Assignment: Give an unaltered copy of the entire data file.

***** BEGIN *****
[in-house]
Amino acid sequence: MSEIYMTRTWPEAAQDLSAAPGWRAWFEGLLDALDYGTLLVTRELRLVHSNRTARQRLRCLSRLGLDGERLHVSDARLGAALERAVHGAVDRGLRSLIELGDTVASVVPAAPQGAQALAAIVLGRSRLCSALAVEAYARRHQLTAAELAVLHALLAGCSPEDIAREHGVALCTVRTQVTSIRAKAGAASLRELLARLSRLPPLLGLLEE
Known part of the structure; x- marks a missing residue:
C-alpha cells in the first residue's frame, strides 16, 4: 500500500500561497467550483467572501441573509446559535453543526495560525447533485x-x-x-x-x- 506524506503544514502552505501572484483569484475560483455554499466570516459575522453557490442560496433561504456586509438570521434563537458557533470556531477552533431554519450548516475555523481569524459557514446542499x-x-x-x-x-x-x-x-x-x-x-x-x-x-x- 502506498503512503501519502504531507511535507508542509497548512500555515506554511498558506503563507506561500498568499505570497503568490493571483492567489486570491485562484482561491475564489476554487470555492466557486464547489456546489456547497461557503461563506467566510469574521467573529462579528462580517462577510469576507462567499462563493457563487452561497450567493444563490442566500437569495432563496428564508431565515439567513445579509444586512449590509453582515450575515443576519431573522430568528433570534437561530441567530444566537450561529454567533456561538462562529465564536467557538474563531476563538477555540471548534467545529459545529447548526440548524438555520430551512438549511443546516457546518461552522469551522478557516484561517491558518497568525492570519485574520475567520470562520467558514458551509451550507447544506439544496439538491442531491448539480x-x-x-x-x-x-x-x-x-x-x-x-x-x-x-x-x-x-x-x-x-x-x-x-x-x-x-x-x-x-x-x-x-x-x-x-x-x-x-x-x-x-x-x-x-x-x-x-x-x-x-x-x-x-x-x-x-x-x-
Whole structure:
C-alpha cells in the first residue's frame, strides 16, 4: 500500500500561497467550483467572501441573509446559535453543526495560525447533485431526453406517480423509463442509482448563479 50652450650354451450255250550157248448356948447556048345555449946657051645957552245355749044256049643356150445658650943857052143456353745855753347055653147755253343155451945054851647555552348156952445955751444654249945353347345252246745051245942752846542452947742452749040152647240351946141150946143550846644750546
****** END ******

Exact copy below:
[in-house]
Amino acid sequence: MSEIYMTRTWPEAAQDLSAAPGWRAWFEGLLDALDYGTLLVTRELRLVHSNRTARQRLRCLSRLGLDGERLHVSDARLGAALERAVHGAVDRGLRSLIELGDTVASVVPAAPQGAQALAAIVLGRSRLCSALAVEAYARRHQLTAAELAVLHALLAGCSPEDIAREHGVALCTVRTQVTSIRAKAGAASLRELLARLSRLPPLLGLLEE
Known part of the structure; x- marks a missing residue:
C-alpha cells in the first residue's frame, strides 16, 4: 500500500500561497467550483467572501441573509446559535453543526495560525447533485x-x-x-x-x- 506524506503544514502552505501572484483569484475560483455554499466570516459575522453557490442560496433561504456586509438570521434563537458557533470556531477552533431554519450548516475555523481569524459557514446542499x-x-x-x-x-x-x-x-x-x-x-x-x-x-x- 502506498503512503501519502504531507511535507508542509497548512500555515506554511498558506503563507506561500498568499505570497503568490493571483492567489486570491485562484482561491475564489476554487470555492466557486464547489456546489456547497461557503461563506467566510469574521467573529462579528462580517462577510469576507462567499462563493457563487452561497450567493444563490442566500437569495432563496428564508431565515439567513445579509444586512449590509453582515450575515443576519431573522430568528433570534437561530441567530444566537450561529454567533456561538462562529465564536467557538474563531476563538477555540471548534467545529459545529447548526440548524438555520430551512438549511443546516457546518461552522469551522478557516484561517491558518497568525492570519485574520475567520470562520467558514458551509451550507447544506439544496439538491442531491448539480x-x-x-x-x-x-x-x-x-x-x-x-x-x-x-x-x-x-x-x-x-x-x-x-x-x-x-x-x-x-x-x-x-x-x-x-x-x-x-x-x-x-x-x-x-x-x-x-x-x-x-x-x-x-x-x-x-x-x-
Whole structure:
C-alpha cells in the first residue's frame, strides 16, 4: 500500500500561497467550483467572501441573509446559535453543526495560525447533485431526453406517480423509463442509482448563479 50652450650354451450255250550157248448356948447556048345555449946657051645957552245355749044256049643356150445658650943857052143456353745855753347055653147755253343155451945054851647555552348156952445955751444654249945353347345252246745051245942752846542452947742452749040152647240351946141150946143550846644750546